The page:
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Everything You Ask for is Present
An ancient story. A man yearns for adventure, for glory, for courage and transformation; he yearns to become a man of virtue and service.
To the hilltop shrine he goes, crawling on hands and knees. Nettles sting his arms and stones tear at his knees, but in fervent prayer he crawls until arriving at the shrine. Beneath a statue of the nameless god who guards the shores, he fasts for 3 days and 3 nights, asking to be given guidance, to be given mission, to be led on a path of virtue and service and exploration.
At dusk on the third day, he collapses into sleep. He is visited in a dream by the nameless god who guards the shores. The god appears as a sea snake, its long body tied in a series of intricate knots.
Wordlessly, the man repeats his prayer within the dream—the drive and force of his plea. Guidance. Mission. Virtue & service & exploration.
The snake moves its body, rearranging the knots into the shape of a sacred binding, a knot his people say was gifted by the gods to the first men. As this shape becomes clear, the snake speaks without words: everything you ask for is present now.
After speaking with the local priest, the man decides on his course of action. Everything he asked of the god is present. It is only by living his normal life in a virtuous way that he will be of service. This itself is an adventure. He returns to his home, to his plow, to his land, and works it well for the rest of his life.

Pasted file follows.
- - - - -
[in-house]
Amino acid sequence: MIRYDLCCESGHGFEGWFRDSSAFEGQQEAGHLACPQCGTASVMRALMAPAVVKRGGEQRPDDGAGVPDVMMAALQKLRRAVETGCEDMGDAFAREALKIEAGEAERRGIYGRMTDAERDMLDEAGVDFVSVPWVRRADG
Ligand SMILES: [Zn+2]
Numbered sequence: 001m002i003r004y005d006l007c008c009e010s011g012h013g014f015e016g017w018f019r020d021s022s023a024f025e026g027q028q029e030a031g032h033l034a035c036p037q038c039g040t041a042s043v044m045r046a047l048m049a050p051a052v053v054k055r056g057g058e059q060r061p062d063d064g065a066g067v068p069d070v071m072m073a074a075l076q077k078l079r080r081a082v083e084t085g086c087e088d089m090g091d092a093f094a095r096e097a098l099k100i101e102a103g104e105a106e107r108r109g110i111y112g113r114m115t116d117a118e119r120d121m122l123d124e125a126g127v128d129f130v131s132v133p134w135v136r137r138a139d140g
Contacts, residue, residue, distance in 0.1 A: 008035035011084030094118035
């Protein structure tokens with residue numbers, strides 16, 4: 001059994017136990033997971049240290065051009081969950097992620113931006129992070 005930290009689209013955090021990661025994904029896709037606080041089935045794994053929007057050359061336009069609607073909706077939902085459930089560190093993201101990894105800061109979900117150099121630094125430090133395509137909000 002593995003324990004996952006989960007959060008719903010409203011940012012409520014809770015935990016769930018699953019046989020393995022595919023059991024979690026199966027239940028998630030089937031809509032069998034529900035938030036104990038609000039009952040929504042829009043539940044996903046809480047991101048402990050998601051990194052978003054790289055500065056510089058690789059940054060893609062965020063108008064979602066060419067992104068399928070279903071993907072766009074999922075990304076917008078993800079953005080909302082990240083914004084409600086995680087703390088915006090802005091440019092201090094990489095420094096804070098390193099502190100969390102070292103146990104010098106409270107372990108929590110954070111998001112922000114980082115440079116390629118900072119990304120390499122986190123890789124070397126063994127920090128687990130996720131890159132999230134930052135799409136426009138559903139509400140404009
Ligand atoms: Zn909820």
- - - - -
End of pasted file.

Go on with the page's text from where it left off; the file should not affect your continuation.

On his deathbed, the man is filled with confusion and regret. He tried to be virtuous, but it left him feeling numb. He tried to be of service, but it always ended up more complicated than he could know. His life was not an adventure. It was a folly of good intentions and middling results.
He closes his eyes for the last time, fixing in his mind the image of the knotted snake. He will ask his questions and say his piece before he leaves this world.
Soon, the image of the snake he holds in his mind changes. It is suddenly no longer an image, but the presence of the nameless god who guards the shores.
“You lied,” the man says, “you lied to me. Why?”
The snake sighs, un-knotting itself and settling into a coil. “I didn’t lie. I told you everything you needed was present, and then you proceeded to ignore almost all of it.”
The man’s mouth is parched, his heart sluggish. “I ignored nothing—I even asked the priest, and he agreed tha—”
Space and time flex with the snake’s frustration, “I said nothing about asking some book-buried halfwit,” he spits. The scene around them shifts, time rolls back. They are now watching the man’s younger self as he crawls into the temple. Somehow, more dimensions of the scene are visible now—the man can see his own thoughts, his feelings, the currents that churned within him back then.
The snake continues, “All of this was present. Your yearning, your drive for adventure, your pull towards virtue. You carried an intuition that you should go to sea, a fear of taking such risks, an urge to learn more about the seaworthiness of different vessels. You carried a guilt that you were unable to help your mother when you were young, a shame you felt every time someone needed help that you couldn’t offer. All of this and a dozen other things were with you, pushing and pulling you, shaping you, guiding you. Even this snake’s body I took on was present—you knew that snakes hold strangeful knowledge and shed old skins, your sense of my image was alive in you. And yet, when I said everything you needed was present, you decided I meant a plow and some rainfall.”
The scene around them falls dark. The man feels no more parched mouth, no more sluggish heart. His body has been left behind. Realizing clearly that his life has ended, the man senses that his body is no longer present—those eyes, those pains, those hungers and thirsts, they all fade away leaving only a faint afterimage.
And for the first time, in the fading, he notices everything that is still present. He sees it clearly, and he laughs.